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Henry de Montherlant: Les Bestiaires (The Bullfighters, later: The Matador)
There’s not much to say about this book. If you think killing animals for sport is a good thing, you might enjoy this novel. If you don’t, you will find it fairly repugnant. Montherlant was enamoured of bullfighting and went to Spain to watch it and practice it (he was seriously injured) but, like Hemingway considered it a way for a man to prove himself a man. In this story we see Alban de Bricoule a few years before we meet him in Montherlant’s previous book, Le Songe (The Dream). He adores bullfighting, heads off to Spain (where he finds the locals far less enthusiastic than he), watches bullfighting, does a bit of it himself, admires the brave bullfighters (including the obligatory amateur bullfighter who rushes in from the crowd), falls in love with a Spanish woman and so on. Maybe it proves a man is a man. But then, maybe, it doesn’t.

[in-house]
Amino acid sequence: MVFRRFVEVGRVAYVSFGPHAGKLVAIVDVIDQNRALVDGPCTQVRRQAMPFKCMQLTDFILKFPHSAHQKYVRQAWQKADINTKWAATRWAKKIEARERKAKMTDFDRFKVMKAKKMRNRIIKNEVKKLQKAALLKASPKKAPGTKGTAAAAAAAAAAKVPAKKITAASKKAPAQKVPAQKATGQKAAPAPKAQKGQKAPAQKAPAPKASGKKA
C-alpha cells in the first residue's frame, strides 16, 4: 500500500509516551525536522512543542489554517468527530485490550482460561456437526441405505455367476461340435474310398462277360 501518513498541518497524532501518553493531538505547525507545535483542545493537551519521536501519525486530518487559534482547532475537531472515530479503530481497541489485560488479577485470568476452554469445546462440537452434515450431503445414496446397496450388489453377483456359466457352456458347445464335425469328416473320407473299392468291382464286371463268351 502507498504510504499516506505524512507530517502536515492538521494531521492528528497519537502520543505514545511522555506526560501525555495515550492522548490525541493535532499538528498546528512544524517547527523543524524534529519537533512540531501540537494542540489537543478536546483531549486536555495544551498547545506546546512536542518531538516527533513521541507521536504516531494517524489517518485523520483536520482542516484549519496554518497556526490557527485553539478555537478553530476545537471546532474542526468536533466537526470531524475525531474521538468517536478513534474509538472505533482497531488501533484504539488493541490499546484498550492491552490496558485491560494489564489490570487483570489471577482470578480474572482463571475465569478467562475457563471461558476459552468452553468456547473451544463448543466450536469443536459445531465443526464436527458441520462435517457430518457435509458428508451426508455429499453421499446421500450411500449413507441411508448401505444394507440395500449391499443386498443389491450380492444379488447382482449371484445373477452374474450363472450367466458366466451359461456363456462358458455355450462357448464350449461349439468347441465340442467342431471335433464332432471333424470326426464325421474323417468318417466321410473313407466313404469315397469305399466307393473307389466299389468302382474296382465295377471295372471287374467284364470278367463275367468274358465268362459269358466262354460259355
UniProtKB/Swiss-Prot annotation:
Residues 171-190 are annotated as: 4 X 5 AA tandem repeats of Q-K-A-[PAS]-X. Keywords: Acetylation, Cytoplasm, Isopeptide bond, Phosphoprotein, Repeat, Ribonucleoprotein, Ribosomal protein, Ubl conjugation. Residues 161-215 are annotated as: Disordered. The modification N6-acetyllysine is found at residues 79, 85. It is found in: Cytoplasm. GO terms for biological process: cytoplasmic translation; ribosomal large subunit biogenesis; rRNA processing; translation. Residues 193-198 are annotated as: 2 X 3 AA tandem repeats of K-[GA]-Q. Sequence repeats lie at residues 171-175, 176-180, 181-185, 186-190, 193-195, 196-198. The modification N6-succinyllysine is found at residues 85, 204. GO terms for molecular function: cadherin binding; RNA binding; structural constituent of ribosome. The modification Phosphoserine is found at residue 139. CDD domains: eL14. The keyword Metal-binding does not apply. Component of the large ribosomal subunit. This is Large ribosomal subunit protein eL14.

First published in French 1926 by Larousse
First English translation in 1928 by Jonathan Cape
Translated by Peter Wiles